C# – How to build a query string for a URL in C#

.netc++query-stringurl

A common task when calling web resources from a code is building a query string to including all the necessary parameters. While by all means no rocket science, there are some nifty details you need to take care of like, appending an & if not the first parameter, encoding the parameters etc.

The code to do it is very simple, but a bit tedious:

StringBuilder SB = new StringBuilder();
if (NeedsToAddParameter A) 
{ 
  SB.Append("A="); SB.Append(HttpUtility.UrlEncode("TheValueOfA")); 
}

if (NeedsToAddParameter B) 
{
  if (SB.Length>0) SB.Append("&"); 
  SB.Append("B="); SB.Append(HttpUtility.UrlEncode("TheValueOfB")); }
}

This is such a common task one would expect a utility class to exist that makes it more elegant and readable. Scanning MSDN, I failed to find one—which brings me to the following question:

What is the most elegant clean way you know of doing the above?

Best Solution

You can create a new writeable instance of HttpValueCollection by calling System.Web.HttpUtility.ParseQueryString(string.Empty), and then use it as any NameValueCollection. Once you have added the values you want, you can call ToString on the collection to get a query string, as follows:

NameValueCollection queryString = System.Web.HttpUtility.ParseQueryString(string.Empty);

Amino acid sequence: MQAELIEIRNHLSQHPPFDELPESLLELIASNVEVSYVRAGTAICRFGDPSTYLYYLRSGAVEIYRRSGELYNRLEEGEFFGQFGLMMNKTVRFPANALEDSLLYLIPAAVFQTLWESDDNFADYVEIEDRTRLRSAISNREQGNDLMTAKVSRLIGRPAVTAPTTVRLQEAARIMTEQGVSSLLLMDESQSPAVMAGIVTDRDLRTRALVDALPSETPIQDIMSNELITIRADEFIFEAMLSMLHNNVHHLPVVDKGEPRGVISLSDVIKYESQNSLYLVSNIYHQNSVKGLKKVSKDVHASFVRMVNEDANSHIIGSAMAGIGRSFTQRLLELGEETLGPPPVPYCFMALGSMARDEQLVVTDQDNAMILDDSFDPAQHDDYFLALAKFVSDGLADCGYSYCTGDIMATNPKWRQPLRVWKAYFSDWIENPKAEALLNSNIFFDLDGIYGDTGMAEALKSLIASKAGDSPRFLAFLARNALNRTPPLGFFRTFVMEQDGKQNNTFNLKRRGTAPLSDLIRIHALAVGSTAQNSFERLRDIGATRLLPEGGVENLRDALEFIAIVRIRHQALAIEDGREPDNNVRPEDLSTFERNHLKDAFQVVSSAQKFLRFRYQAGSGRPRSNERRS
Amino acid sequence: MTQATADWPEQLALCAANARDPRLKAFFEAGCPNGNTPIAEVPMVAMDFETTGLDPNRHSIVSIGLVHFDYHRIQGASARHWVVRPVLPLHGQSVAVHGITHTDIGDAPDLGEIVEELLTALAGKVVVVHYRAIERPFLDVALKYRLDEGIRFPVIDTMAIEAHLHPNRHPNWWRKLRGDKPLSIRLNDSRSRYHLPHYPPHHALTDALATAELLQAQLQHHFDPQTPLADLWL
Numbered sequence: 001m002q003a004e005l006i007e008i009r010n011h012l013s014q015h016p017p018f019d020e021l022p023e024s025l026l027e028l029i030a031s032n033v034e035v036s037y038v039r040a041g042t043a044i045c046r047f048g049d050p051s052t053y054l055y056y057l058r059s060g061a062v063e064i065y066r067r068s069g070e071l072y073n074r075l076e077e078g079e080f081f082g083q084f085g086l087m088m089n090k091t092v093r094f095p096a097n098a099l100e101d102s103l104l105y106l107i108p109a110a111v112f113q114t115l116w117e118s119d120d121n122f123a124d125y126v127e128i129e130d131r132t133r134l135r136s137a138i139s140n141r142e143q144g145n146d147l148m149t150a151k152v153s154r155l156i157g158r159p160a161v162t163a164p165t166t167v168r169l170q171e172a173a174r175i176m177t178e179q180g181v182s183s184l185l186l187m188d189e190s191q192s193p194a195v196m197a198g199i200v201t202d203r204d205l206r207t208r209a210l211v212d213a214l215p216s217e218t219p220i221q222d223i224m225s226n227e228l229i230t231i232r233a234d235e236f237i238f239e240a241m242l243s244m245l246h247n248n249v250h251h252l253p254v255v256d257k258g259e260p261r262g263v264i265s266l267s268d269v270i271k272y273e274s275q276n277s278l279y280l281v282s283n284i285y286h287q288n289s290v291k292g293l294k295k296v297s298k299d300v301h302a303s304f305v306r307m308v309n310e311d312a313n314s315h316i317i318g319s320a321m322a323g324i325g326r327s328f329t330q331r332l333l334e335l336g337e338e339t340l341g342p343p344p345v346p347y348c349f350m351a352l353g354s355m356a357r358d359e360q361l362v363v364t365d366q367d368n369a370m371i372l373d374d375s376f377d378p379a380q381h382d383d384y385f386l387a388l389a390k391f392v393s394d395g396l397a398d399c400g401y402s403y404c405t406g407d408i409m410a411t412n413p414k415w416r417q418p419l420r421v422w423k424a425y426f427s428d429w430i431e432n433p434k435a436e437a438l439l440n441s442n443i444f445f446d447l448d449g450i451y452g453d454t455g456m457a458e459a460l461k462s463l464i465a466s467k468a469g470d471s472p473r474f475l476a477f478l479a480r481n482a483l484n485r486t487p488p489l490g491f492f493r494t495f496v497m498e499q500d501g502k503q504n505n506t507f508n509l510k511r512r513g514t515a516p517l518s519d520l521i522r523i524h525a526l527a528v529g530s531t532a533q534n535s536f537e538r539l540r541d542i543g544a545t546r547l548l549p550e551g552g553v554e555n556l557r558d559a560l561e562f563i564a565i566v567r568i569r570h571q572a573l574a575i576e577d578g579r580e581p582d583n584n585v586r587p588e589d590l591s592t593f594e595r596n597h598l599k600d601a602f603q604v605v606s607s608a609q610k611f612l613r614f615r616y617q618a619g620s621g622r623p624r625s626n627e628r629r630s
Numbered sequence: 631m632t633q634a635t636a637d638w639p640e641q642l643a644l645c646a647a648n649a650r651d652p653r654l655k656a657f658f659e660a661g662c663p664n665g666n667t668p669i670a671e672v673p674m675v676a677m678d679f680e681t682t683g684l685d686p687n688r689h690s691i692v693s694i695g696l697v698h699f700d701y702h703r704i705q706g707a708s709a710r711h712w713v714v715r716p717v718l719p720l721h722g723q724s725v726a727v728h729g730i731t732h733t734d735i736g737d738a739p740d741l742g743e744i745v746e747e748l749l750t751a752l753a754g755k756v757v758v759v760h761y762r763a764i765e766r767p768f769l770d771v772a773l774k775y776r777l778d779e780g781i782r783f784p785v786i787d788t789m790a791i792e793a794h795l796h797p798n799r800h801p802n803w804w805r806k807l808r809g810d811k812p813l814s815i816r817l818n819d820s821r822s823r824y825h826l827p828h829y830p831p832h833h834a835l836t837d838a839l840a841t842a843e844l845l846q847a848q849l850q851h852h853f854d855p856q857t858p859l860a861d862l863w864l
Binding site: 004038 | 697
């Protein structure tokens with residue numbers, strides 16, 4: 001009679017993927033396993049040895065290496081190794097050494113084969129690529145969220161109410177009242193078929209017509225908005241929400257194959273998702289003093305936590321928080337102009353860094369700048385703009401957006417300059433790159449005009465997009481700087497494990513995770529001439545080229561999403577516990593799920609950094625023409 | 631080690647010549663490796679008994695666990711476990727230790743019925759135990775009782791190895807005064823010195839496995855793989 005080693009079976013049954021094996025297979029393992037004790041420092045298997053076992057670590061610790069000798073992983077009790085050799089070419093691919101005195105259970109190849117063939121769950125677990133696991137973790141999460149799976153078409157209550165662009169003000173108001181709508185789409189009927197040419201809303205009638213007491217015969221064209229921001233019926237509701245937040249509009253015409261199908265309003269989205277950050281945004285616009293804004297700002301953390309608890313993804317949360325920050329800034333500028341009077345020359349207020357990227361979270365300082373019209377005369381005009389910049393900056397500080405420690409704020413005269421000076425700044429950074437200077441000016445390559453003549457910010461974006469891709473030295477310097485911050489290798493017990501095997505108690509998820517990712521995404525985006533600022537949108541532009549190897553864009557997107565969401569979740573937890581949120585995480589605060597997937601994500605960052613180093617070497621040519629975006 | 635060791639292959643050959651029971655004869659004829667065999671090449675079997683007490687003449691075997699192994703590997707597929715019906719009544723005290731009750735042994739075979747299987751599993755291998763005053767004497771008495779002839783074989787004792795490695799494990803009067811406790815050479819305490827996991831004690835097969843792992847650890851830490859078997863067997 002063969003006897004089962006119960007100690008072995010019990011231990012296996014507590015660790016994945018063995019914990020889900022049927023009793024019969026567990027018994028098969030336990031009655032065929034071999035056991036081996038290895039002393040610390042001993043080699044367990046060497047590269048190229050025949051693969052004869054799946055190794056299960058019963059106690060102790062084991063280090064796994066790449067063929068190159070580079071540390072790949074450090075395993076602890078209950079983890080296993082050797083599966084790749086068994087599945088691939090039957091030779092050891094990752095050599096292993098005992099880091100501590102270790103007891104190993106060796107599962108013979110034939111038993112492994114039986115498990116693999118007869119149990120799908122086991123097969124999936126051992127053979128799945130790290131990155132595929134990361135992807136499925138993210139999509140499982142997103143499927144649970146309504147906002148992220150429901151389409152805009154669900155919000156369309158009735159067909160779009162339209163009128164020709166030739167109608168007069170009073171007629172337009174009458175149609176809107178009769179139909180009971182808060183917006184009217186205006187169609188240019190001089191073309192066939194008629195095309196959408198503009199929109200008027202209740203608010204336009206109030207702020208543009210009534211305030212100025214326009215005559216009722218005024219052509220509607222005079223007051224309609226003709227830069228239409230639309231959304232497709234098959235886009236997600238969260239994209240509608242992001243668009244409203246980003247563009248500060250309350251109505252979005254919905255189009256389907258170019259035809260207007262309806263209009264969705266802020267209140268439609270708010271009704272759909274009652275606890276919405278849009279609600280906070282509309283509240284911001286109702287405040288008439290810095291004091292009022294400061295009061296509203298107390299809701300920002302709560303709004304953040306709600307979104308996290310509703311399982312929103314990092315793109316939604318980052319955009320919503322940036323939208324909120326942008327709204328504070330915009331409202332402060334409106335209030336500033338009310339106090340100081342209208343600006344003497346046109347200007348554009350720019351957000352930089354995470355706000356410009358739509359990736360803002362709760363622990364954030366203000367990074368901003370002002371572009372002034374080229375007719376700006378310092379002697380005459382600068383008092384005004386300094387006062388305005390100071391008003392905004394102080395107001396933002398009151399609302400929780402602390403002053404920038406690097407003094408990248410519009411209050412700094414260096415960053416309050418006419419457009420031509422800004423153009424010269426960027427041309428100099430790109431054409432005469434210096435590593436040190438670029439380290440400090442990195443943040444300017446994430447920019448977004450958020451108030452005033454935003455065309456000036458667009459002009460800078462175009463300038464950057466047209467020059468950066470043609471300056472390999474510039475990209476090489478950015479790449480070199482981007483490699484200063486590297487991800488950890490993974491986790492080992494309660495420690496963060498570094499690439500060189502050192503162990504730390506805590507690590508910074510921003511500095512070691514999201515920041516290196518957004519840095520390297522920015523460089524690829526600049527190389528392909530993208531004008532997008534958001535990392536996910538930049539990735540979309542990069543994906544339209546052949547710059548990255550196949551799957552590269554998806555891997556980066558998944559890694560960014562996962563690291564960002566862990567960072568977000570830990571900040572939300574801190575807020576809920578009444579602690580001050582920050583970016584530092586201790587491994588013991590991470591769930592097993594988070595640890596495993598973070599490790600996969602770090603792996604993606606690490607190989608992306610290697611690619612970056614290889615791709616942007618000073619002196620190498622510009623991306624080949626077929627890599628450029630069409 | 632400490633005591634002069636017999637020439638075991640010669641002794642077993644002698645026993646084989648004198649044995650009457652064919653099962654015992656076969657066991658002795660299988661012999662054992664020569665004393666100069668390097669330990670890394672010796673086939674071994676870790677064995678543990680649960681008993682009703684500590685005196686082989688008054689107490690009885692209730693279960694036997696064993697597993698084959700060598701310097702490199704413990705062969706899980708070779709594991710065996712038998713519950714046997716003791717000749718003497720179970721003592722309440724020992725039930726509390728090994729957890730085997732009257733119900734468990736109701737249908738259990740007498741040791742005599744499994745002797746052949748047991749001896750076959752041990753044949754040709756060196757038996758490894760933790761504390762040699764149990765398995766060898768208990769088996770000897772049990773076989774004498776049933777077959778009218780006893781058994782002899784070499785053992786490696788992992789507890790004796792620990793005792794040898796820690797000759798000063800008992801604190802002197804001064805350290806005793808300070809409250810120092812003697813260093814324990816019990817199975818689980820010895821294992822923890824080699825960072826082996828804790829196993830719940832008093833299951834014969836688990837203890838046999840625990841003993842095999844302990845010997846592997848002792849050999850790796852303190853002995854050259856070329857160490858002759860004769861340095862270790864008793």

queryString.Add("key1", "value1");
queryString.Add("key2", "value2");

return queryString.ToString(); // Returns "key1=value1&key2=value2", all URL-encoded

The HttpValueCollection is internal and so you cannot directly construct an instance. However, once you obtain an instance you can use it like any other NameValueCollection. Since the actual object you are working with is an HttpValueCollection, calling ToString method will call the overridden method on HttpValueCollection, which formats the collection as a URL-encoded query string.

After searching SO and the web for an answer to a similar issue, this is the most simple solution I could find.

.NET Core

If you're working in .NET Core, you can use the Microsoft.AspNetCore.WebUtilities.QueryHelpers class, which simplifies this greatly.

https://docs.microsoft.com/en-us/dotnet/api/microsoft.aspnetcore.webutilities.queryhelpers

Sample Code:

const string url = "https://customer-information.azure-api.net/customers/search/taxnbr";
var param = new Dictionary<string, string>() { { "CIKey", "123456789" } };

var newUrl = new Uri(QueryHelpers.AddQueryString(url, param));